It Takes a Crisis to Show You What Matters

It Takes a Crisis to Show You What Matters
This month has been an incredibly tough one for me. I mean, this entire year hasn't been easy - what with our family almost being killed in our beds by a monoxide leak from our boiler earlier this year, having to cancel our wedding and rearrange a much, much smaller one and so, so much family drama and general life stress. But this month, has been truly awful. 

On Halloween, my father sat down for his dinner and all of a sudden lost his vision, all feeling down his left side and became very confused (I'm talking thinking the bed he wanted to go for a lie down on, was in the back garden). I immediately recognised his symptoms as a stroke and asked my husband to call 999 while I check my father's vitals. I'd seen my father go through similar when I was a 10 year old girl, and always knew that his numerous health conditions (high cholesterol, obesity, high blood pressure, type 2 diabetes) would put him at constant risk of having further strokes at any moment, so I'm well clued up on these things. It's one of the reasons I make looking after my own health a priority.

So, after I argued with the call handler that this was definitely a stroke and not 'just a hypo' (my dad's blood sugar was the first thing I tested while my husband was making the call, it was fine), he was rushed to hospital for a brain scan, which then confirmed that it was indeed a stroke, caused by a bleed in the brain. 

I sobbed my eyes out the night my dad went into the hospital. He's a stubborn soul and normally minimises everything and tells everyone that he feels perfectly fine. He did that even when he had a pacemaker fitted a few years ago. But this time he seemed so very vulnerable, more so than ever. I honestly thought I'd lost him that night and that he wasn't coming home again. I had to stay at home with my son and husband while my mum went in the ambulance with my dad. I went from being useful, knowledgeable and assertive in a crisis to a complete wreck, sobbing like a child on the driveway as the ambulance doors shut and it pulled away with it's flashing blue lights.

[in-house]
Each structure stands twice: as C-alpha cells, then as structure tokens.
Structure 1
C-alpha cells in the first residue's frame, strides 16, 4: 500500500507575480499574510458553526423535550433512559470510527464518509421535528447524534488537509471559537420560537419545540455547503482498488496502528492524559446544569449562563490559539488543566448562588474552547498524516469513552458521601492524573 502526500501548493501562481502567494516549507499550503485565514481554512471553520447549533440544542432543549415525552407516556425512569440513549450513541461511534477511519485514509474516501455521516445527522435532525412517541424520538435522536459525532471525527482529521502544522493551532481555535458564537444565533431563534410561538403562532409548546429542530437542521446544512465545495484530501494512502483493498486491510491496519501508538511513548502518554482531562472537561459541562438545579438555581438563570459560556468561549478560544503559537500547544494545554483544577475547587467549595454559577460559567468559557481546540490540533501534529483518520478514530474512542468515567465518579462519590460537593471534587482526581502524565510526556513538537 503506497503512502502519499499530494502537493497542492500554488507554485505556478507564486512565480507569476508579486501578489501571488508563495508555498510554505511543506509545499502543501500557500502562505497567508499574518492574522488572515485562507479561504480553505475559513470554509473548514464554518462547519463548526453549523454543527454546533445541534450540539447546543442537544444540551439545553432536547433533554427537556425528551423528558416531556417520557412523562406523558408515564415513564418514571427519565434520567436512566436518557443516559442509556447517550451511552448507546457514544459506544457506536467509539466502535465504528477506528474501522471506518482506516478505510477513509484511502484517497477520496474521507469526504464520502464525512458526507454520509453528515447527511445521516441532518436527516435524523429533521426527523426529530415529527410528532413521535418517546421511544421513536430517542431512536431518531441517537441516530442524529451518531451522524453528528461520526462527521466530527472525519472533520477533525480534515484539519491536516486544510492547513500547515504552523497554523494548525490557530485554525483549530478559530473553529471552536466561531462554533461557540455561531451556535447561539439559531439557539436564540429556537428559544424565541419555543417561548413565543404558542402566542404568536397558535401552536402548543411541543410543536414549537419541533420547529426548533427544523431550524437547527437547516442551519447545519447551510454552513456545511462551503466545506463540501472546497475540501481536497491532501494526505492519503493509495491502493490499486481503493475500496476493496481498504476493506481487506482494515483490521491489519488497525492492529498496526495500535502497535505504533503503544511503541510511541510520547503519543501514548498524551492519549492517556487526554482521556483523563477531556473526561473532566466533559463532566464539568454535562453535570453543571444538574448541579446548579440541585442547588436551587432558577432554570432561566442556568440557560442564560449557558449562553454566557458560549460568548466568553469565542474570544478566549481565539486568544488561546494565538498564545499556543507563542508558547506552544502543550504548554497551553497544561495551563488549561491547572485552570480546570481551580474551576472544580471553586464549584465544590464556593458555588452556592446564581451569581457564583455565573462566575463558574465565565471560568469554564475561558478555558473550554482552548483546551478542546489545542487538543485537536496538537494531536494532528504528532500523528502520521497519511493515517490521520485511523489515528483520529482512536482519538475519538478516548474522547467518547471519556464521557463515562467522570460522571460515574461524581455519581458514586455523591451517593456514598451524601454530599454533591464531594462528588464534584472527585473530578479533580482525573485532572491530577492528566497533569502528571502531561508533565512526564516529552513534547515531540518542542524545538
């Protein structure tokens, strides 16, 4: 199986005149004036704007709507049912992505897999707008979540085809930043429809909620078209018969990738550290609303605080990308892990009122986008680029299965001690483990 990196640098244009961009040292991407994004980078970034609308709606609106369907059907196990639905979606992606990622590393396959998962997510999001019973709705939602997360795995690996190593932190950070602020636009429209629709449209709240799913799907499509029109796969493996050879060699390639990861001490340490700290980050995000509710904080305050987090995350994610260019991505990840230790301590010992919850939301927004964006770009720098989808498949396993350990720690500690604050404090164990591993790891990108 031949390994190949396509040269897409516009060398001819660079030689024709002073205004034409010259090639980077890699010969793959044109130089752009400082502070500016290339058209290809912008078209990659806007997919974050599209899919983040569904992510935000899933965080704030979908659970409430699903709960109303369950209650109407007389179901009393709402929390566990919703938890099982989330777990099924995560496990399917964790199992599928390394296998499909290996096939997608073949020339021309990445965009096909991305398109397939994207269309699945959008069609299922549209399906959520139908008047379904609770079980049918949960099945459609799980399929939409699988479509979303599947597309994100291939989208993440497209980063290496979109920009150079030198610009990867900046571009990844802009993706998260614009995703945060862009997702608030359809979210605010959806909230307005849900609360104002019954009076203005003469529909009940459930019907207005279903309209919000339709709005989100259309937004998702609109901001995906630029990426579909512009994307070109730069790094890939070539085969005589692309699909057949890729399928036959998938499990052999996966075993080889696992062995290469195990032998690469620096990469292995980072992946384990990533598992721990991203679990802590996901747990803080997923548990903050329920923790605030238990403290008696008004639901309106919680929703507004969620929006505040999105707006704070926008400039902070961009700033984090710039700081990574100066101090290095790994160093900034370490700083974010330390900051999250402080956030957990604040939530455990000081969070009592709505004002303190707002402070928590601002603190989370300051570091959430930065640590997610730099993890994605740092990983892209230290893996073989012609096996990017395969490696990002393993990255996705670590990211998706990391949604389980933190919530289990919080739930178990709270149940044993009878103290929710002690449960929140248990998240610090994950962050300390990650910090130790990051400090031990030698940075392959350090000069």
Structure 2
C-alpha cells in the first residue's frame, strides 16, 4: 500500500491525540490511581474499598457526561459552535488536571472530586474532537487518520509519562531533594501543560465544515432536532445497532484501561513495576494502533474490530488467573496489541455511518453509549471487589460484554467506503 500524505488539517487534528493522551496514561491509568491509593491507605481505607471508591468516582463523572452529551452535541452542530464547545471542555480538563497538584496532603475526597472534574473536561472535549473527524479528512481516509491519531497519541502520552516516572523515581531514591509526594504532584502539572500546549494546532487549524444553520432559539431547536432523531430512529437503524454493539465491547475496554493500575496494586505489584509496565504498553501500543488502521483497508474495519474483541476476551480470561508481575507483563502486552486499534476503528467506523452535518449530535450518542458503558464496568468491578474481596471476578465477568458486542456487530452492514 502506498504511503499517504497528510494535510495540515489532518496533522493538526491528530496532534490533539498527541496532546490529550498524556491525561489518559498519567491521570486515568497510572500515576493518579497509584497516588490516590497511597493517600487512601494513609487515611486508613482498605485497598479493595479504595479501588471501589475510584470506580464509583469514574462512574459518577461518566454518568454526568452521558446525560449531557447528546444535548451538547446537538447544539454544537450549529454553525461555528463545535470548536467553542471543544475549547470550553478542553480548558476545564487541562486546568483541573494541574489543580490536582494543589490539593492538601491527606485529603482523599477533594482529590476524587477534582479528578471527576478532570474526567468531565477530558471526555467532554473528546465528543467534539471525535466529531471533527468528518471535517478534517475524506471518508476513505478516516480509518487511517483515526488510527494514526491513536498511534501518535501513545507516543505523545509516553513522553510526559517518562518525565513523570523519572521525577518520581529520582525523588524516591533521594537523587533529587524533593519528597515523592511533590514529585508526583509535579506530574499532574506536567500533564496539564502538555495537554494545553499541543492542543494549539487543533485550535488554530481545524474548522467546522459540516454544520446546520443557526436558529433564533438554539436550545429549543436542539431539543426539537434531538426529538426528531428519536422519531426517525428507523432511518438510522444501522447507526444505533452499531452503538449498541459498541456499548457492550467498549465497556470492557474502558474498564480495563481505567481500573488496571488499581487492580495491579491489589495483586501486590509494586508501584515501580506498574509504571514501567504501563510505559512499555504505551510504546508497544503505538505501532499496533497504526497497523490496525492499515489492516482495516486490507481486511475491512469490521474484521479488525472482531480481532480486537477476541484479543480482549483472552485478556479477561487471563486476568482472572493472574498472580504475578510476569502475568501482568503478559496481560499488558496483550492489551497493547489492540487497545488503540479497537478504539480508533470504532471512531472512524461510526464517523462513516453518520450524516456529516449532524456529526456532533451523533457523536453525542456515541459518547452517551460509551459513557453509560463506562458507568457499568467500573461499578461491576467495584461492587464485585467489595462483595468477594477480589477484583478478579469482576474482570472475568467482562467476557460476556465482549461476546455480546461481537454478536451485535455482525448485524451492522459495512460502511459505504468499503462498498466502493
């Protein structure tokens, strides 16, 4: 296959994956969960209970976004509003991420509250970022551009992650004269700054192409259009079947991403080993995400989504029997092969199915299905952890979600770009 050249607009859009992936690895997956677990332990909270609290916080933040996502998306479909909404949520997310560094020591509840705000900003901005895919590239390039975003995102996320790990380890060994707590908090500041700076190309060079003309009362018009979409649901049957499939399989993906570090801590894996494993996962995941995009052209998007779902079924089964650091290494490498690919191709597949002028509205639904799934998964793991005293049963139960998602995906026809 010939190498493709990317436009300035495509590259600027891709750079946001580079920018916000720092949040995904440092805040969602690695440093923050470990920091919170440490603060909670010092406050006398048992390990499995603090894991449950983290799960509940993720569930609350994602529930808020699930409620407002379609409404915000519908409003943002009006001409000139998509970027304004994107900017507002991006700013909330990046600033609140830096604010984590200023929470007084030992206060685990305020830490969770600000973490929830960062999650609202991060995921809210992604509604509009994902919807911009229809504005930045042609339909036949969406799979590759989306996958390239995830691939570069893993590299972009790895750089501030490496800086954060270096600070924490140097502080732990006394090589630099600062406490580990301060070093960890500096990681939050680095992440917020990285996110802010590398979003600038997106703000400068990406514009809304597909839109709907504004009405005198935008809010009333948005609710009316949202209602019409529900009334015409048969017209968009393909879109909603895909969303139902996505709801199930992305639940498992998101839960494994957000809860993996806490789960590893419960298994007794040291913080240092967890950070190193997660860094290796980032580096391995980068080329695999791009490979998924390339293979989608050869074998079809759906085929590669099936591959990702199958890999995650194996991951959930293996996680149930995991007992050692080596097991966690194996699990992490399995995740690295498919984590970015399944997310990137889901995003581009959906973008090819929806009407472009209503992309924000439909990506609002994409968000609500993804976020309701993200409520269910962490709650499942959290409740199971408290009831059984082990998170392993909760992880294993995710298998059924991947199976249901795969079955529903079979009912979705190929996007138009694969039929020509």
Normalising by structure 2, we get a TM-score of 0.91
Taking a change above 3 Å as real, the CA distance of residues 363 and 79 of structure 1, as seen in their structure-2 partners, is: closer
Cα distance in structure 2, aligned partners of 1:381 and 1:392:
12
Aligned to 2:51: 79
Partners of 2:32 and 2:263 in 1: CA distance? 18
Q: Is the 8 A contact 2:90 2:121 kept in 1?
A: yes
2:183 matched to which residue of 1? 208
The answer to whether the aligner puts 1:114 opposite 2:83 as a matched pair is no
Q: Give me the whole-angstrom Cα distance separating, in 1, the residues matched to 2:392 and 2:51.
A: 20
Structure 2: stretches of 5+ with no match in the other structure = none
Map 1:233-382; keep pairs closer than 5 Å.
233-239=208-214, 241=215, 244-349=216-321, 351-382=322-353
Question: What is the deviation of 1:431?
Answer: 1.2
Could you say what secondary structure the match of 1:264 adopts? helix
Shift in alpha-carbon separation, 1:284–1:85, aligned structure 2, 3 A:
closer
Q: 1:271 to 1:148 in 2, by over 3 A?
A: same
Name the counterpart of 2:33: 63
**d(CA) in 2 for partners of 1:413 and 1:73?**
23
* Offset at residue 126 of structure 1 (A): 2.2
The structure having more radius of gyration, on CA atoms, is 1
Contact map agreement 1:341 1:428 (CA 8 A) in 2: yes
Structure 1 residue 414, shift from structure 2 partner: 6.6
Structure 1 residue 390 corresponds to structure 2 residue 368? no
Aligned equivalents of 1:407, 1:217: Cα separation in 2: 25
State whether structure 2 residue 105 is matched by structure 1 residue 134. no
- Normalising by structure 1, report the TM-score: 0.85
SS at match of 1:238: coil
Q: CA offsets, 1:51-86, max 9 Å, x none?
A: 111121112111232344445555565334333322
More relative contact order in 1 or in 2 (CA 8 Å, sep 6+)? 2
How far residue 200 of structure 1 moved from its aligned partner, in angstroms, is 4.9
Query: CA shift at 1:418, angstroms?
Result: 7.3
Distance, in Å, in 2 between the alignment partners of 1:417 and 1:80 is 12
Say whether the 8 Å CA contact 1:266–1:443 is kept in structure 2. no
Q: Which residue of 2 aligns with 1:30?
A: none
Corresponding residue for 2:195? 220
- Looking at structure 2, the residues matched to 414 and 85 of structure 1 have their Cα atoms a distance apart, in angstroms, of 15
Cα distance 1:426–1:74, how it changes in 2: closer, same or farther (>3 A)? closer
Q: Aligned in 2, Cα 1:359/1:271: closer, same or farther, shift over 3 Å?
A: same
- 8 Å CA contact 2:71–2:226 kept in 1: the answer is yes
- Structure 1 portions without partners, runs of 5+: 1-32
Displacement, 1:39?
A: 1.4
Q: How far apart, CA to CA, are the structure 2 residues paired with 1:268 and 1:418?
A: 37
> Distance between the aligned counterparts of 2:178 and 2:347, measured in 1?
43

I laid down on the bed next to my son that night, fully dressed, in case I had to rush us all down the the hospital should the worst have happened. It was a massive relief the next morning, knowing that my father had survived and then another wave of relief hit me when we walked on the ward later that day and realised that despite his memory loss and confusion, he could still recognise us all. 

My father was discharged after just 2 days in the hospital, as they were unable to operate on him because of his age and health issues. We were told he would need 24-hour care as he is not only now partially sighted, but suspected to have vascular dementia (we're still waiting for a formal assessment). It's down to me to stay in the house to care for my dad while my mum is out at work in the afternoons - good thing I'm self-employed and can work from home! As you can probably imagine, it's difficult looking after a 1 year old and an 88 year old at the same time. Since I can't possibly push a pram and a wheelchair at the same time, I can no longer leave the house during the afternoons either. 

The discharge was stressful. There was no help for us, as carers, put in place prior to discharge. No guidance as to what we could expect. No wheelchair available for us to take him out of the hospital and across the hospital grounds to the car. We had to beg to have one eventually sent to us on loan to use in our own home. There's been no formal mental health assessment and apart from one phone call for 'background info' no social services assessment or carers assessment either (which as a qualified social worker myself, has massively annoyed me). 

I've suffered with intense anxiety and depression these last few weeks. I hadn't long recovered from postnatal depression and PTSD (from the birth and 37 weeks of hyperemesis). I've felt helpless, stretched in all directions, isolated, guilty for feeling so annoyed at the whole situation, scared of losing my dad, and like I'm drowning in paperwork and phone calls...yet we still have bugger all support in place to show for it. 

It would be so easy for me to not look after myself given the constant stress and pressure, but I don't want my father's poor health to be my future too. I don't ever want my son to be in the position of having to look after me 24/7 alongside looking after kids of his own and trying to earn a living. So I have to cook good food, get exercise whenever I can and find time (somehow) to relax. I have to keep an eye on my blood pressure, blood sugar and cholesterol. I really desperately need to crack this comfort eating thing too. I just cannot allow myself to become complacent about my own health. I have to look after myself, for the sake of everyone around me, as they all depend on me. 

Sometimes it takes a crisis to show you what really matters. Nothing matters more than our health. 

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